International Emmy winner Black Mirror, written by Charlie Brooker, returns to Channel 4 with three brand new films; each story is in turn, disarming, suspenseful and darkly satirical, and all explore our modern reality.
Episode 1: ‘Be Right Back’
Monday 11 February 2013, 10pm
Martha (Hayley Atwell) and Ash (Domhnall Gleeson) are a young couple who move to a remote cottage, where Ash’s parents used to live. Ash is a big user of social media, tapping away on his phone, just a bit too much. Martha doesn’t really mind, she loves him and they’re looking forward to their new life together. The day after the move, Ash is killed, returning the hire van.
At the funeral, Sarah (Sinead Matthews), a friend of Martha’s, tells her about a new service that lets you stay in touch with the deceased. By using all his past online communications and social media profiles, a new ‘Ash’ can be created – disarmingly ‘real’ and a help to a grieving partner. Martha is disgusted by the concept and wants nothing to do with it.
Martha decides to stay in the cottage, despite her sister, Naomi (Claire Keelen), being worried about her isolation. Then one morning Martha receives an email from ‘Ash’. Sarah has signed her up. Martha is furious and deletes the message. But then she discovers she is pregnant and in a confused and lonely state Martha decides to talk to ‘him’.
Episode 2: ‘White Bear’
Monday 18 February 2013, 10pm
A woman, Debra (Lenora Crichlow), wakes in a house that she does not recognise and cannot remember anything about her life. There are photos of her with a man and another photo of a young girl on the mantelpiece – neither of whom she recognises. The TV is on and is playing a symbol that means nothing to her.
Confused and agitated, she leaves the house only to find a deserted street. Knocking on doors, no one answers. Sensing movement behind the curtains of the houses she looks up and sees a young family – the father is filming her on his phone.
A car pulls into the road and a man gets out (Michael Smiley). Debra starts to approach him until she sees he is a carrying a gun and pointing it at her. As she runs away a few people come out of their houses to film her. Running round the corner she stumbles into Damien (Ian Bonar) and Jem (Tuppence Middleton), who together with Debra seek refuge in a petrol station. The man with the gun tries to break his way in. A group of people have gathered outside and are filming this on their phones. As the glass shatters the man with the gun enters the petrol station and Damian tries to grapple with him. The girls make a run for it. They see Damien try to escape but he is shot and dies. Debra and Jem manage to escape.
Jem explains to Debra that this has been going on for months – a signal started being transmitted that has caused most of the population to become dumb voyeurs. This apathy has allowed others to do what they want and they have essentially become what Jem calls “Hunters” – out to get people like her and Debra.
During Jem’s explanation, Debra is plagued by various flashbacks – they are becoming more and more regular and involve her in a car with the man and the girl, her assumed daughter, from the photos.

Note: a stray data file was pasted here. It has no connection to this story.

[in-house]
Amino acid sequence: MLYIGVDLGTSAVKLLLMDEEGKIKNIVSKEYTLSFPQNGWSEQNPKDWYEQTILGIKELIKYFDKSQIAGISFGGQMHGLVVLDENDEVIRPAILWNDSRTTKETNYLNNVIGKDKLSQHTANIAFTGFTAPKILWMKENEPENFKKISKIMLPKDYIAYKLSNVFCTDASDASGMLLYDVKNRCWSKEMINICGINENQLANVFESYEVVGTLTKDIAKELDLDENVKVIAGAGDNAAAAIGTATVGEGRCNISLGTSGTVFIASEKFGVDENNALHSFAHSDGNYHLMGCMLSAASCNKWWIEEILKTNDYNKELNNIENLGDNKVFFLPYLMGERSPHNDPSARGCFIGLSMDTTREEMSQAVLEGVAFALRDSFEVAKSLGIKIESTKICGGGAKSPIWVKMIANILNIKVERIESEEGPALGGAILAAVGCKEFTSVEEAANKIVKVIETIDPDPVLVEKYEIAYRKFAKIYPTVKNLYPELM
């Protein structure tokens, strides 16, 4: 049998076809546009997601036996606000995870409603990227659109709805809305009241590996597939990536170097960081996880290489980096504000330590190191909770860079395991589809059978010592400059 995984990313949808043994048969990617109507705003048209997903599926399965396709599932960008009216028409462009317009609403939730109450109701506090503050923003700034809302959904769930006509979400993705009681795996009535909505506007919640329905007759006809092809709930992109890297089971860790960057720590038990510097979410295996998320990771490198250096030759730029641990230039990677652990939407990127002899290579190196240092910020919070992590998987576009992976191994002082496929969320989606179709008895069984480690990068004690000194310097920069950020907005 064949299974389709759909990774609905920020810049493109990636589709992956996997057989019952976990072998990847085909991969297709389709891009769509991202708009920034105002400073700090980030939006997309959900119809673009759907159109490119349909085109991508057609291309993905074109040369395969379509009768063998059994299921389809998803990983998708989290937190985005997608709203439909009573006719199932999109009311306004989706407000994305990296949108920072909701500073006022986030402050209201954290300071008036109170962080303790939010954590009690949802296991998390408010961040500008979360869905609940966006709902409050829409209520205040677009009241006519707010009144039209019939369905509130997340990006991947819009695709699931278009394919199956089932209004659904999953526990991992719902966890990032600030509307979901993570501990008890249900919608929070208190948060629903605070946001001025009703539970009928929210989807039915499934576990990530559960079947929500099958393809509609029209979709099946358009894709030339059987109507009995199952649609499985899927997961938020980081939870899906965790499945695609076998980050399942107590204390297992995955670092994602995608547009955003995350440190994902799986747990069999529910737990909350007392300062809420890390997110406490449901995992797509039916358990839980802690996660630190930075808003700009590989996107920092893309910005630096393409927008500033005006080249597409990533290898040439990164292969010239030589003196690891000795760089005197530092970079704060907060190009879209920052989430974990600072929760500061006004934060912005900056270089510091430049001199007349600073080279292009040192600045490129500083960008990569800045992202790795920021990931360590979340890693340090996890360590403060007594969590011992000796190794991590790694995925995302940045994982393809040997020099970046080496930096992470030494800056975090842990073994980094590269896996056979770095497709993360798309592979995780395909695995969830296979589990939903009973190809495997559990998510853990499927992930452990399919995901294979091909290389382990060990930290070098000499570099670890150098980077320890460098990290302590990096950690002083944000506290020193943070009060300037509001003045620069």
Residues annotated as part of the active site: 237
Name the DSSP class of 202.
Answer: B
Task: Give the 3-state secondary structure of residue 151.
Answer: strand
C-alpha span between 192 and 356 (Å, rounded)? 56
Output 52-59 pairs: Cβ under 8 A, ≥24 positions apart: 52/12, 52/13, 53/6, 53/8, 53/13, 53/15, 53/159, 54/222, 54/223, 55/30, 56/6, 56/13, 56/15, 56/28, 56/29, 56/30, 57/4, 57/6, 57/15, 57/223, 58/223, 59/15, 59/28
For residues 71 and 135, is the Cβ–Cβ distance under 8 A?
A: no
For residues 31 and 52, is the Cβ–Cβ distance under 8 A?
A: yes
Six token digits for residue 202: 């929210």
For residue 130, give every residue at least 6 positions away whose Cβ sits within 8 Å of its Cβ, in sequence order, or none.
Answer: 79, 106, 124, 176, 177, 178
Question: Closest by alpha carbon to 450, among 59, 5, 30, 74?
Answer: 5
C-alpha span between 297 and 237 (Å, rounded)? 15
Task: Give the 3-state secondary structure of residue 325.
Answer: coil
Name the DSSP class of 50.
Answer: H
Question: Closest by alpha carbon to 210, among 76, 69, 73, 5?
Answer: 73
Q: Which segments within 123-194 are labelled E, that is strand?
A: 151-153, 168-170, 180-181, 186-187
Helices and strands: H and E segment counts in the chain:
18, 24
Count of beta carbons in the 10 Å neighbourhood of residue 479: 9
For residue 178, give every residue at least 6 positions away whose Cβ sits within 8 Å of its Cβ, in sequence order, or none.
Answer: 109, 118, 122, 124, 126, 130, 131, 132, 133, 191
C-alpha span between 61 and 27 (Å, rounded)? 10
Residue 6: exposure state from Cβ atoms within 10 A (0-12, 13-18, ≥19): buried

Jem and Debra set out to find and destroy the transmitter, to stop its signal. It is their only hope of finding a safe way out. Reaching the transmitter they try to set fire to it just as the ‘hunters’ arrive. Will they manage it and is this the end of their torment?
Episode 3: ‘The Waldo Moment’
Monday 25 February 2013, 10pm
Meet Waldo. A blue bear from a children’s educational TV show, teaching them about the world through interviews with politicians and establishment figures. In reality however Waldo is an anarchic animated character on a satirical late-night topical comedy show who, once he has lured someone into the studio, unleashes a series of humorous innuendo, sarcasm and childish vitriol.
Behind the scenes, Waldo is voiced and controlled by failed comedian Jamie Salter (Daniel Rigby). The public success of Waldo contrasts with Jamie’s less than happy personal life.
When the channel decide they would like to give Waldo his own pilot, the production company come up with the idea of Waldo standing against one of his victims, Conservative Liam Monroe (Tobias Menzies), who has been parachuted in to win a safe Tory seat in an up-and-coming By-Election. Worried about entering the world of politics, Jamie takes some convincing by Jack Napier (Jason Flemyng), boss of the production company. On the campaign trail Jamie meets and falls for Gwendolyn Harris (Chloe Pirrie), the Labour candidate who is a rising star in the Labour party. When Gwendolyn backs away, warned off Jamie by her campaign manager, Jamie struggles to contain his disdain for career politicians.
And in a ‘Meet the Politicians’ election hustings, when taunted by Monroe, Jamie lashes out at all the other Party candidates accusing them of being more artificial than Waldo is. The clip seems to hit a nerve with a disengaged mistrusting public. It becomes a hit on YouYube and generates a lot of broadsheet commentary about the state of politics. Could this blue bear actually win the By-Election? Or is there more to play for?
Are you looking forward to Series 2? Let us know below…